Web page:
VIASPACE Inc. and its subsidiary VIASPACE Green Energy Inc. (OTCBB: VGREF) today reported the results of recent independent testing of Giant King Grass as a feedstock for producing second-generation cellulosic biofuels, such as ethanol and butanol, and biomass-based chemicals.

In short, the test data showed that VIASPACE’s proprietary Giant King Grass has essentially the same properties as corn stover and wheat straw. These feedstocks are currently the leading candidates for making cellulosic biofuels as well as a wide range of biochemicals.

VIASPACE Chief Executive Dr. Carl Kukkonen stated, “These initial results show that a ton of Giant King Grass can yield as much bio ethanol as a ton of corn stover. This validates Giant King Grass, a nonfood dedicated energy crop, as a competitive feedstock for producing cellulosic biofuels.

“Most importantly, an acre of Giant King Grass yields up to 10 times greater tonnage than an acre of corn stover, which is the stalk and leaves leftover from harvesting an acre of corn,” Kukkonen added, “With our high yield, we believe that Giant King Grass can reduce biofuel feedstock costs by up to 40%, even when compared to projected prices for corn straw as agricultural waste. As a result, Giant King Grass promises the cost-of-production breakthrough that has plagued the second-generation biofuels industry.”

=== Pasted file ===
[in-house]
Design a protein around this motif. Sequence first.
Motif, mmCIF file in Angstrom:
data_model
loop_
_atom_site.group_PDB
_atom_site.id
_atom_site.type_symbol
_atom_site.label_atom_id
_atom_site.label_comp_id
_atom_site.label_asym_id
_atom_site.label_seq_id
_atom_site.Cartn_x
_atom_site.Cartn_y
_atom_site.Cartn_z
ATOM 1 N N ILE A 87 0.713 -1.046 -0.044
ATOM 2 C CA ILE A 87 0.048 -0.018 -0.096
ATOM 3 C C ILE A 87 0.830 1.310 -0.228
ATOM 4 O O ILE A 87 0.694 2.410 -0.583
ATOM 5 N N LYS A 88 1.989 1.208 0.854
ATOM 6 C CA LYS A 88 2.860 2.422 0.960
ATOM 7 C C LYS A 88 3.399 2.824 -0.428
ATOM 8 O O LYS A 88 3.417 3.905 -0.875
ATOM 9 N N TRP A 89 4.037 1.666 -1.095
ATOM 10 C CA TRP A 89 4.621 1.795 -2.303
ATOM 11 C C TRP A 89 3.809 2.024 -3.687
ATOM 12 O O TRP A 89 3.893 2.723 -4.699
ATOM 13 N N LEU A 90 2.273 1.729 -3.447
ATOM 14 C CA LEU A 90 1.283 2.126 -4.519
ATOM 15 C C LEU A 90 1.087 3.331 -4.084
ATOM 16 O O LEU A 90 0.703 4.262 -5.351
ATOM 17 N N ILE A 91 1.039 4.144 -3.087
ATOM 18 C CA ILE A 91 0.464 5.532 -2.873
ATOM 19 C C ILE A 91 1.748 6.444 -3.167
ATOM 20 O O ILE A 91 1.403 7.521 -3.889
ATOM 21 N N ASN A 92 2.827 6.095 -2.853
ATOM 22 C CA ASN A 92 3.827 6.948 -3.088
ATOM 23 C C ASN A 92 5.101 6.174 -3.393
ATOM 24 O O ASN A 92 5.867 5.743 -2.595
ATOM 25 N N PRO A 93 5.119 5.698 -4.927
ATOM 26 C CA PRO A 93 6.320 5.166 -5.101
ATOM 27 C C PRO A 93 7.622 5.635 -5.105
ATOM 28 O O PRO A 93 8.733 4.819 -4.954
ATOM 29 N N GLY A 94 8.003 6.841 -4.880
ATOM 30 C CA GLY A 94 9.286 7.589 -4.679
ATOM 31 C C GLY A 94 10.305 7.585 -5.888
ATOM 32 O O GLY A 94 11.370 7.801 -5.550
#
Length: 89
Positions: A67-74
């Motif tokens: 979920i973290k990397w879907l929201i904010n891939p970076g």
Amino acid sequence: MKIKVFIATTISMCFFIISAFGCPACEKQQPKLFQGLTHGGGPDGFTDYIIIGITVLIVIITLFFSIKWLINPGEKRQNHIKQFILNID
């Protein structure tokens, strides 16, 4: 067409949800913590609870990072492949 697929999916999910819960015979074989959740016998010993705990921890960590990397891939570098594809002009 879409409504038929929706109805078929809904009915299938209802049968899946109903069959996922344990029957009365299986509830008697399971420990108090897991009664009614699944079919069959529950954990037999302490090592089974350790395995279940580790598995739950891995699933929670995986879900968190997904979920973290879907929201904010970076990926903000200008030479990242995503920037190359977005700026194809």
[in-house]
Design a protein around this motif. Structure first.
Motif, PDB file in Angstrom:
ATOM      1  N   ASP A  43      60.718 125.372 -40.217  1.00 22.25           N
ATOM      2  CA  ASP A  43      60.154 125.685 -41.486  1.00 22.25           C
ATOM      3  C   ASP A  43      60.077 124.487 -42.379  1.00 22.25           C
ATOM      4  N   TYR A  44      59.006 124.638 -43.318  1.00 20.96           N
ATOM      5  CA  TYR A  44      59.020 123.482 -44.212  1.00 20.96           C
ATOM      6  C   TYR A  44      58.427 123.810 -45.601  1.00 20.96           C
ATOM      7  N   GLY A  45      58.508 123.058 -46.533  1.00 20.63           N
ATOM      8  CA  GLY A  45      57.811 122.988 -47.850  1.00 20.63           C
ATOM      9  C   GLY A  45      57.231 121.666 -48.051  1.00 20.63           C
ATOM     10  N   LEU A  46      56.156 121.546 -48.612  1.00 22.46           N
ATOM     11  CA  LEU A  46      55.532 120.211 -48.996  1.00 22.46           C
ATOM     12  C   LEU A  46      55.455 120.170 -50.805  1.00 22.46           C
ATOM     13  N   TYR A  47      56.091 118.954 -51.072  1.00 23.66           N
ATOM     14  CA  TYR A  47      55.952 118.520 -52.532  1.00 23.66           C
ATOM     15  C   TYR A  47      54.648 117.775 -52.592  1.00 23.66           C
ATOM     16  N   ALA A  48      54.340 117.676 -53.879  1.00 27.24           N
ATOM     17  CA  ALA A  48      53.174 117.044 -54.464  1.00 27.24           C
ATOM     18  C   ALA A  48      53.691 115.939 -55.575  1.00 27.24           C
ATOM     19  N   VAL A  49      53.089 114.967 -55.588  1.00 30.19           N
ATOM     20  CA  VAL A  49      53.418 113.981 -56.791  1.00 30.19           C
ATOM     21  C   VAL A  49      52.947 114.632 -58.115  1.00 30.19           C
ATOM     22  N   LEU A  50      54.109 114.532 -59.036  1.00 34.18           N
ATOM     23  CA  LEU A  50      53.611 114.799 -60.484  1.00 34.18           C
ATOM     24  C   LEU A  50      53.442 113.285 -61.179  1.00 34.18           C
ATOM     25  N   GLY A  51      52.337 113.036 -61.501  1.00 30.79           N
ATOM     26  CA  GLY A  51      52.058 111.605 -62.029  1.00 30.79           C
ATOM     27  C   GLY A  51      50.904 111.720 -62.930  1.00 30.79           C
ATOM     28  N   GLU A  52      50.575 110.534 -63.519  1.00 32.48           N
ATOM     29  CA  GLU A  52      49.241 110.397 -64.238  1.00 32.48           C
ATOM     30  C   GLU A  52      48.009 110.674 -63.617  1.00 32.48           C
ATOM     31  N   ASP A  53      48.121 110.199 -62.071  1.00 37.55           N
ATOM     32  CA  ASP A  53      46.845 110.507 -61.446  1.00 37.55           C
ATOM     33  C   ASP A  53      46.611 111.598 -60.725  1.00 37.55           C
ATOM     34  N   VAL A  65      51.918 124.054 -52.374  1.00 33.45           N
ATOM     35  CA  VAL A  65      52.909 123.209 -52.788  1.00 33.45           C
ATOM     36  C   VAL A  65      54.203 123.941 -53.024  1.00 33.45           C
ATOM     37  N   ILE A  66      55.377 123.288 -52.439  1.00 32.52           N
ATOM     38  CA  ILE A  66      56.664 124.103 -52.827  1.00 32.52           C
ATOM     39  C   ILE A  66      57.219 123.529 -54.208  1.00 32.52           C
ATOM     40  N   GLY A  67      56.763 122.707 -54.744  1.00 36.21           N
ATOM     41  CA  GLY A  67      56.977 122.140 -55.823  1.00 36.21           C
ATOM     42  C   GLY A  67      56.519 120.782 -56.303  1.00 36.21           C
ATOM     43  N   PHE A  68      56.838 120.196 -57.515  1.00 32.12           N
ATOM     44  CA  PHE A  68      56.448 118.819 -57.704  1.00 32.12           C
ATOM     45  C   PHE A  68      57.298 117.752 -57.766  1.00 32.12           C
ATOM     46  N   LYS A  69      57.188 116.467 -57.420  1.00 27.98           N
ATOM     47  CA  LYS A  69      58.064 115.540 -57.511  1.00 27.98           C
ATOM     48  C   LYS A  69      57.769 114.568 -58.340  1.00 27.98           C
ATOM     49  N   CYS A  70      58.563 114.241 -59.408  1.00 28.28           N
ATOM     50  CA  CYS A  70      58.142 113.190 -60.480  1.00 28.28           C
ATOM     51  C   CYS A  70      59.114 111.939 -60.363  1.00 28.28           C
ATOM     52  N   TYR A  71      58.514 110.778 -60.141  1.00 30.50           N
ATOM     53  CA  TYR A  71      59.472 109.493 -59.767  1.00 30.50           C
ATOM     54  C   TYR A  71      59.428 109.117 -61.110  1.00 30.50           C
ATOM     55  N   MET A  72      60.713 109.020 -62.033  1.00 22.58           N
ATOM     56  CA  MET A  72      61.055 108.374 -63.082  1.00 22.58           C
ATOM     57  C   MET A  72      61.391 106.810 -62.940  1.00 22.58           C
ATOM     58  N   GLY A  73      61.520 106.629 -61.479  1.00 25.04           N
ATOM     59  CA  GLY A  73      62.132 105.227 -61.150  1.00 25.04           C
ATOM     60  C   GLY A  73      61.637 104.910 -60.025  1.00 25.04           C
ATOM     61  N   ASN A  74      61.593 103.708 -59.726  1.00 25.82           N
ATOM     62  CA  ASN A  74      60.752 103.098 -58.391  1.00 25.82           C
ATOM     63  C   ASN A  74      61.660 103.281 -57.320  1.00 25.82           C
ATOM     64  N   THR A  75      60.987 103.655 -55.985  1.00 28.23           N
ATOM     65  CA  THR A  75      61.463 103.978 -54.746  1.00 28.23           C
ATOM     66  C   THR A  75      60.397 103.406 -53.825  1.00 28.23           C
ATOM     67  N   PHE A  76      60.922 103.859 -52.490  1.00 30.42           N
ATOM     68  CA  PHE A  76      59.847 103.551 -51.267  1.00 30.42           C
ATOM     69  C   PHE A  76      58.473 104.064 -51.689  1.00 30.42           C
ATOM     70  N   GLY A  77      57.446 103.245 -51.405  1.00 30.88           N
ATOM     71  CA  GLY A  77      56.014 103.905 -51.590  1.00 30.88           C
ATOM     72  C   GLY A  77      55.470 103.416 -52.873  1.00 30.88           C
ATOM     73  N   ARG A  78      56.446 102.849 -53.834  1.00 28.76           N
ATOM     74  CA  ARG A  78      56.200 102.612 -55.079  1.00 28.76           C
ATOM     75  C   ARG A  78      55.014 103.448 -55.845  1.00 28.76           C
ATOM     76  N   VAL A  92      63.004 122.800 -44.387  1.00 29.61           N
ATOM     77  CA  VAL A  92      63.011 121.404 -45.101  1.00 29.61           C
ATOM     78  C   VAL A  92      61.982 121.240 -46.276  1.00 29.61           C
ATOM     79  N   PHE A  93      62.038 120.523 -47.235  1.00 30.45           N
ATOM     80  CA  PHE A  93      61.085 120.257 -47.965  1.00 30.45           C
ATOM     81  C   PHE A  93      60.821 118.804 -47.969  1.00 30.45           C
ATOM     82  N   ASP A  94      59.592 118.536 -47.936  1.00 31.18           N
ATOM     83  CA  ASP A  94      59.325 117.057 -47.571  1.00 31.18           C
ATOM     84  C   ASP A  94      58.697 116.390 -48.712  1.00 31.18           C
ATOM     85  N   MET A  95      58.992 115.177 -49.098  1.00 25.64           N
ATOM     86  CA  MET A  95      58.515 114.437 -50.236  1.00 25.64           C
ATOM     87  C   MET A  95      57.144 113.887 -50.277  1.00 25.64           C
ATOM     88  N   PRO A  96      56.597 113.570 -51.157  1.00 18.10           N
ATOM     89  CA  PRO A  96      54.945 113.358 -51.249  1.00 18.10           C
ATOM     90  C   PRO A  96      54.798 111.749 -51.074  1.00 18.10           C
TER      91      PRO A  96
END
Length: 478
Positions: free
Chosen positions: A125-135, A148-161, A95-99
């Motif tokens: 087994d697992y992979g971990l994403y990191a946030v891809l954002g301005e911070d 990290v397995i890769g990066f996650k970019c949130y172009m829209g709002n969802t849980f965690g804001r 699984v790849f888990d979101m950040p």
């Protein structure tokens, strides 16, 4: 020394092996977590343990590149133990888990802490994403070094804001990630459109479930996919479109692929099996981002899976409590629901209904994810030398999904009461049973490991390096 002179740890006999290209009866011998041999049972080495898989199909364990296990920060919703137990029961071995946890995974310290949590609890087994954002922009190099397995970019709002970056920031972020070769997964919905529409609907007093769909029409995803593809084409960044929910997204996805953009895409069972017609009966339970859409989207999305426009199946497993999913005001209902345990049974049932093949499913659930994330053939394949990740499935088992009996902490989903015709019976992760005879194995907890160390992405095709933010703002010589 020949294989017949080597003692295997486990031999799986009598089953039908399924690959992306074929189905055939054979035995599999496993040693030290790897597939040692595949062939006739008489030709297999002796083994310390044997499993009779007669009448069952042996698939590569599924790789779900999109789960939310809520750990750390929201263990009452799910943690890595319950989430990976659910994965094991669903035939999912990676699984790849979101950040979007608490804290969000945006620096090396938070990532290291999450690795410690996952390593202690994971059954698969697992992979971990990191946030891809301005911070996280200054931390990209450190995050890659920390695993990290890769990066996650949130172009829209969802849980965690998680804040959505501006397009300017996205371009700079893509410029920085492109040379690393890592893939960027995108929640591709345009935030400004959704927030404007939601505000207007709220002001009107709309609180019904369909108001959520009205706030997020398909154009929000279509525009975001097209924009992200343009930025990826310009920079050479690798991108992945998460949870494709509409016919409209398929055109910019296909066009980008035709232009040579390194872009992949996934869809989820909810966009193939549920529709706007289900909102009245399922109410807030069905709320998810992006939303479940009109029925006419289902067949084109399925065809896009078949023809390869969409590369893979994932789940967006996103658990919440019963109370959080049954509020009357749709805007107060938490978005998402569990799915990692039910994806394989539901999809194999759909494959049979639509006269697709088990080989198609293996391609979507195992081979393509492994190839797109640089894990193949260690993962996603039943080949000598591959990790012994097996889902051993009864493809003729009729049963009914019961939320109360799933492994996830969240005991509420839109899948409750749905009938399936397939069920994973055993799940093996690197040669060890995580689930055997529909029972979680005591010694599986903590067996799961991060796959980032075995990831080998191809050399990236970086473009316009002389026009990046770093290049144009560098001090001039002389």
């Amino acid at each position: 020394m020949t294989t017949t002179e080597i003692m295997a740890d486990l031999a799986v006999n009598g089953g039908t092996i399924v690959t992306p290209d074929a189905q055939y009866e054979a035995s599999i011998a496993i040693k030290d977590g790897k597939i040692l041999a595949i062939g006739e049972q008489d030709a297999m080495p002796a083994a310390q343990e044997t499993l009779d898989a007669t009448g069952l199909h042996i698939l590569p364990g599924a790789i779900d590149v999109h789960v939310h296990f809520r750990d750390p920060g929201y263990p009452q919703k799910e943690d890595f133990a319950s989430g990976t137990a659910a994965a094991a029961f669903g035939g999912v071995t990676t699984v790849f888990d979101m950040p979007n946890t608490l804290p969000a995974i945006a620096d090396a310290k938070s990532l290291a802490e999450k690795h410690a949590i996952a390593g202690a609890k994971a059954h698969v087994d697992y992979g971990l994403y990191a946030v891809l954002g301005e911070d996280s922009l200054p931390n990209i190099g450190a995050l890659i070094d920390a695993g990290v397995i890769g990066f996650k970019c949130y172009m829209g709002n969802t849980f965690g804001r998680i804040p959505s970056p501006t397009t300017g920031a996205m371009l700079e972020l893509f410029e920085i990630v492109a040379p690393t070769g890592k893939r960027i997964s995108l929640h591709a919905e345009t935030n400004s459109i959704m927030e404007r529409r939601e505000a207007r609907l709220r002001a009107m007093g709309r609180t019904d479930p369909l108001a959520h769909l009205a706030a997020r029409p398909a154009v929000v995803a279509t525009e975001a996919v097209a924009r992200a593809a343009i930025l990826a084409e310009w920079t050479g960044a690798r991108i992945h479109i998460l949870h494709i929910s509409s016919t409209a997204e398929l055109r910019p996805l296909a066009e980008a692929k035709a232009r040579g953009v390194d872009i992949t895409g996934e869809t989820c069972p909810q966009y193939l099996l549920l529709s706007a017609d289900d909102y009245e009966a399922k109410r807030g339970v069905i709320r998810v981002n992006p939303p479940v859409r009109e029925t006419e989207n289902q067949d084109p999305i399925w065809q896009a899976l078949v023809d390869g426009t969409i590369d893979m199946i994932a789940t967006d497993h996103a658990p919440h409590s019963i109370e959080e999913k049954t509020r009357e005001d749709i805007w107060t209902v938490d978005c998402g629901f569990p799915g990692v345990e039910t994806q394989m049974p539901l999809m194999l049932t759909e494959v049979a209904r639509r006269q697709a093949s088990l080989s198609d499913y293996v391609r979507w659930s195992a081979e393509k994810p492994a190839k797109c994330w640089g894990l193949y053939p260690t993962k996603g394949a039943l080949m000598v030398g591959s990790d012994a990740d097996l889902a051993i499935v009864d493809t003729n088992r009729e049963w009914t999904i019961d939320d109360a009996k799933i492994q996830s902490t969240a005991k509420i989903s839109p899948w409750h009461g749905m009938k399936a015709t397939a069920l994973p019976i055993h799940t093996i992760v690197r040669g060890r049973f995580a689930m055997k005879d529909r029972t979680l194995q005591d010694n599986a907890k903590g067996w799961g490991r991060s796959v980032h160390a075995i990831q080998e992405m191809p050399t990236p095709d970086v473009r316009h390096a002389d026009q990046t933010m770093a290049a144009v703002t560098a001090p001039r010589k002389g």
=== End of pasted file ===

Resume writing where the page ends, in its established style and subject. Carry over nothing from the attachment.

“Giant King Grass had already been shown to have excellent properties for direct combustion for electricity generation and for biogas production using anaerobic digestion,” Kukkonen concluded. “This new data on its potential for biofuels places Giant King Grass in a unique position as a low-cost feedstock with universal application in the worldwide push toward clean electricity generation and production of cellulosic ethanol and other liquid biofuels.”

Cellulosic ethanol is expected to cost $2.00-$2.25 per gallon as global demand for cellulosic biofuels creates a multibillion-dollar market in the next few years. Under the U.S. Renewable Fuel Standard, 12.95 billion gallons of renewable fuel were required to be used in 2010, increasing to 36 billion gallons per year by 2022. Similar requirements are in place in Europe and many other countries.

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